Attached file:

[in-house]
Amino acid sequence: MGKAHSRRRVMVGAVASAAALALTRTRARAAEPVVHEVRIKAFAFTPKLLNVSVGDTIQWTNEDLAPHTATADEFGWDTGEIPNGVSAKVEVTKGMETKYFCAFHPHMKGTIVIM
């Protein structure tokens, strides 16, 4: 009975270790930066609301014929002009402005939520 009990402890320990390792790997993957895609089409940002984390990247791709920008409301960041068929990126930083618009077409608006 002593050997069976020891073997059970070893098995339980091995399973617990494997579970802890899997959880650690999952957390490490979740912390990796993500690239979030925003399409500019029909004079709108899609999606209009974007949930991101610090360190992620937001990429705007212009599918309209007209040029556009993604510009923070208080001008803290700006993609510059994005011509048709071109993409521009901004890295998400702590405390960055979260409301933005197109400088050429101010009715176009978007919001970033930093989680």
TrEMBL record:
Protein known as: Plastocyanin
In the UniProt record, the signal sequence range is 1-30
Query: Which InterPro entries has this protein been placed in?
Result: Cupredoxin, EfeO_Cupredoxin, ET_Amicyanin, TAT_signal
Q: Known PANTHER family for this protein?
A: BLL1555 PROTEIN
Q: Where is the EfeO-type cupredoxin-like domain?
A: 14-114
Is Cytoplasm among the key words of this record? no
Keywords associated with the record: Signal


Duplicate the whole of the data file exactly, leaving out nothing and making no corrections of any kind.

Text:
[in-house]
Amino acid sequence: MGKAHSRRRVMVGAVASAAALALTRTRARAAEPVVHEVRIKAFAFTPKLLNVSVGDTIQWTNEDLAPHTATADEFGWDTGEIPNGVSAKVEVTKGMETKYFCAFHPHMKGTIVIM
């Protein structure tokens, strides 16, 4: 009975270790930066609301014929002009402005939520 009990402890320990390792790997993957895609089409940002984390990247791709920008409301960041068929990126930083618009077409608006 002593050997069976020891073997059970070893098995339980091995399973617990494997579970802890899997959880650690999952957390490490979740912390990796993500690239979030925003399409500019029909004079709108899609999606209009974007949930991101610090360190992620937001990429705007212009599918309209007209040029556009993604510009923070208080001008803290700006993609510059994005011509048709071109993409521009901004890295998400702590405390960055979260409301933005197109400088050429101010009715176009978007919001970033930093989680």
TrEMBL record:
Protein known as: Plastocyanin
In the UniProt record, the signal sequence range is 1-30
Query: Which InterPro entries has this protein been placed in?
Result: Cupredoxin, EfeO_Cupredoxin, ET_Amicyanin, TAT_signal
Q: Known PANTHER family for this protein?
A: BLL1555 PROTEIN
Q: Where is the EfeO-type cupredoxin-like domain?
A: 14-114
Is Cytoplasm among the key words of this record? no
Keywords associated with the record: Signal